Congressional hearings dealing with 1996 campaign fund-raising abuses finally open on the national stage this week - and it's not clear whether the drama will be as gripping and important as its Republican producers originally intended.
Senate and House money probes have been bedeviled by a host of problems. Key witnesses have fled overseas or taken the Fifth Amendment. Organization has been slowed by partisan bitterness. Staffs have been riven by personality conflicts, and the White House has preemptively disclosed bits of investigation plot.
Revelations about the role of foreign money in US politics could yet grab the public's attention. But the days when GOP leaders dreamed of a show with the impact of the Watergate hearings may be gone. They won't even be able to use the old Russell Building Caucus Room where the Watergate inquiry took place, as originally planned. When Sen. Fred Thompson (R) of Tennessee gavels his first investigatory session into order on July 8 it will be in a stark - but larger - modern chamber.
"Unless there's something truly surprising in the results of the investigation, most Americans are never even going to tune in," says Larry Sabato, a University of Virginia government professor and campaign-finance expert.
Serious allegations about illegal foreign contributions to the Democratic National Committee (DNC) and the Clinton reelection campaign are the principal focus of both congressional investigations and a separate probe by the Justice Department. In particular, panel members are interested in the activities of John Huang, the mysterious fund-raiser whose ties to China, Indonesian conglomerates, Buddhist nuns, and the DNC have placed him at the center of the campaign-finance scandal.
Among the key questions investigators want answered: Did foreign governments make illegal contributions to US campaigns in hopes of winning undue influence? Did Mr. Huang and his associates abet this process, laundering the money to conceal its origins?
Senator Thompson's Governmental Affairs Committee gets first crack at trying to produce public answers to these inquiries. After Tuesday's opening session, the Senate panel will hold televised hearings two or three days a week through July; later in the year members will hold a second phase of hearings dealing with the use of so-called "soft money" by both political parties.
The House, for its part, has yet to schedule counterpart sessions. Republicans and Democrats on the House panel in question, the Government Reform and Oversight Committee, have squabbled bitterly over timing and tactics; last week the panel's chief counsel quit after clashing repeatedly with his own chief investigator, throwing the House probe into further disarray.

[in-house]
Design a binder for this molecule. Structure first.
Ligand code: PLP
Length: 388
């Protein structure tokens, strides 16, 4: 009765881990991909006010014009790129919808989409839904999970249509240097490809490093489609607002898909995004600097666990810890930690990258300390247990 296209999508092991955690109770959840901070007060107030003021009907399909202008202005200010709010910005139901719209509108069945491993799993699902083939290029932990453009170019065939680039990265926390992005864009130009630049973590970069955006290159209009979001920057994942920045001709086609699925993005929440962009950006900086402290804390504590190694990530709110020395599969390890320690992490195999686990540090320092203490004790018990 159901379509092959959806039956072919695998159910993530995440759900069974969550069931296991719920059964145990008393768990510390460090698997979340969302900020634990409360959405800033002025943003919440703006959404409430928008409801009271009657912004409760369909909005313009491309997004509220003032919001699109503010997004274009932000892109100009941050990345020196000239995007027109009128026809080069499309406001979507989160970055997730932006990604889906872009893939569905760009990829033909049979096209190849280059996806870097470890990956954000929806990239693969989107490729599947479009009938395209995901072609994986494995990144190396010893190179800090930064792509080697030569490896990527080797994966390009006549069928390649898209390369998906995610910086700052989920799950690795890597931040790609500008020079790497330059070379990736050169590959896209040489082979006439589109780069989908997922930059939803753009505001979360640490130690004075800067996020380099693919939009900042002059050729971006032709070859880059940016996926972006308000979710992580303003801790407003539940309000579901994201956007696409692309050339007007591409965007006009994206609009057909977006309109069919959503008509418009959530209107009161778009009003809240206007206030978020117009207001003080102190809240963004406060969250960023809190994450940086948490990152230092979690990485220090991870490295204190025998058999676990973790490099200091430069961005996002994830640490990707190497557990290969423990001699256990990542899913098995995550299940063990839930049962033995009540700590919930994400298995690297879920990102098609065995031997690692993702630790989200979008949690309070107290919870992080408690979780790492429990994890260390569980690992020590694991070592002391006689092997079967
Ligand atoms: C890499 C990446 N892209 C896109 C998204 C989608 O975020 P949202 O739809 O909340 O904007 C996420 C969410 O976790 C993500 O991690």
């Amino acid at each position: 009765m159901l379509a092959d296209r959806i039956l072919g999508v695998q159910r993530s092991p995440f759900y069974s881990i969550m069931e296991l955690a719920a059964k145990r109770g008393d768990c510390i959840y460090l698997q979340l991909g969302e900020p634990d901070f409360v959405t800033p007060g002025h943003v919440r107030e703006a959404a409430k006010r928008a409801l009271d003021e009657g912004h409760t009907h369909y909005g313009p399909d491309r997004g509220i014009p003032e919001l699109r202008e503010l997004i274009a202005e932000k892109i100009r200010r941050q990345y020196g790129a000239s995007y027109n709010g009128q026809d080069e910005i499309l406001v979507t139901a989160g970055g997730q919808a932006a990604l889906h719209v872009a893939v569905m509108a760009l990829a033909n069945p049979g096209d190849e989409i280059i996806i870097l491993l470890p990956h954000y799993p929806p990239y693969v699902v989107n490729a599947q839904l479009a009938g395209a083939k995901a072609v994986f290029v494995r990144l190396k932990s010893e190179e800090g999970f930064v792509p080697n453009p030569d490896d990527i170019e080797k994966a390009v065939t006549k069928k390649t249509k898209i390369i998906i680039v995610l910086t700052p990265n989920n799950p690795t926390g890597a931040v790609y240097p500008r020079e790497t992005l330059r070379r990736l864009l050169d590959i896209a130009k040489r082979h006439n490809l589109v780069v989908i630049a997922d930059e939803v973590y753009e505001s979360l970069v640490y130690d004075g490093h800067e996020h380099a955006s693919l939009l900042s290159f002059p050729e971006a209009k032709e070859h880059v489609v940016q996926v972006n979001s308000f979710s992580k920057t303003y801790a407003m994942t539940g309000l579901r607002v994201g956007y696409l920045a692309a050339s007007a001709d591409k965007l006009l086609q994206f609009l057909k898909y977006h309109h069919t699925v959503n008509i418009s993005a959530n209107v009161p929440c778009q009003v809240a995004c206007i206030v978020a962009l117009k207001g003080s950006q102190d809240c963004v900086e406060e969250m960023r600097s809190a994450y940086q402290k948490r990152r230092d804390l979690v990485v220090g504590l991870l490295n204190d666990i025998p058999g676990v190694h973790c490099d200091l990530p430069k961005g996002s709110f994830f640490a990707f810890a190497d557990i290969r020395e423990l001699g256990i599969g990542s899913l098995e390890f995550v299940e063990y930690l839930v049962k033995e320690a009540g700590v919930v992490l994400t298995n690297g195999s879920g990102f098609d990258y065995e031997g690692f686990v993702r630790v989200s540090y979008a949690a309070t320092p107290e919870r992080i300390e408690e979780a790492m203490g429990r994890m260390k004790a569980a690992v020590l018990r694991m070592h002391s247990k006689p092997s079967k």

Still, after the klieg lights turn on Tuesday, according to Thompson, the campaign-finance probes will have more impact than Washington conventional wisdom now holds. The Senate's subpoena list of 30 witnesses includes such notables as President Clinton's closest aide, Bruce Lindsey, and Hillary Rodham Clinton's longtime chief of staff, Margaret Williams.
"The curtain will be pulled back on the operation of the people's government," Thompson said July 1.
But others say that the most notable thing about the witness list may be its omissions. Among the key witnesses who've indicated they will invoke their Fifth Amendment right to avoid self-incrimination and decline to testify are Huang himself and former Associate Attorney General Webster Hubbell. Arkansas businessman and Huang associate Charles Yah Lin Trie has gone them one better: He's left the US entirely and told reporters he's prepared to never return.
And the Senate panel, like its House counterpart, has been slowed by political dissension. Chairman Thompson and the panel's top Democrat, Sen. John Glenn of Ohio, don't appear to trust each other's motives. A recent dispute about immunity from prosecution for some low-level witnesses was solved by a pair of committee members with better personal ties - Sens. Carl Levin (D) of Michigan and Arlen Specter (R) of Pennsylvania.
It's a far cry from the Iran-contra hearings of the Reagan era, when the Republican minority and Democratic majority worked together relatively smoothly despite the charged nature of the proceedings. "When they came out they pledged bipartisanship, but so far it's been partisan and ugly," says Paul Herrnson, a University of Maryland professor of government and a campaign-finance expert.
The squabbling holds risks for both sides, say experts. Committee Democrats don't want to come across as obstructionist and eager to cover up possible abuses. Republicans, for their part, could spark a public backlash if they appear eager to tar Democrats yet unwilling to investigate the GOP's own practices.
Summer news doldrums could yet result in large audiences for hearing findings. But proponents of campaign-finance reform worry that one thing that won't result from the current investigations is sweeping change in the US political money system.
"Enough finger pointing," says Ellen Miller, head of the watchdog group Public Campaign. "Let's get on with the business of changing the campaign-finance system. That's the debate we should be having."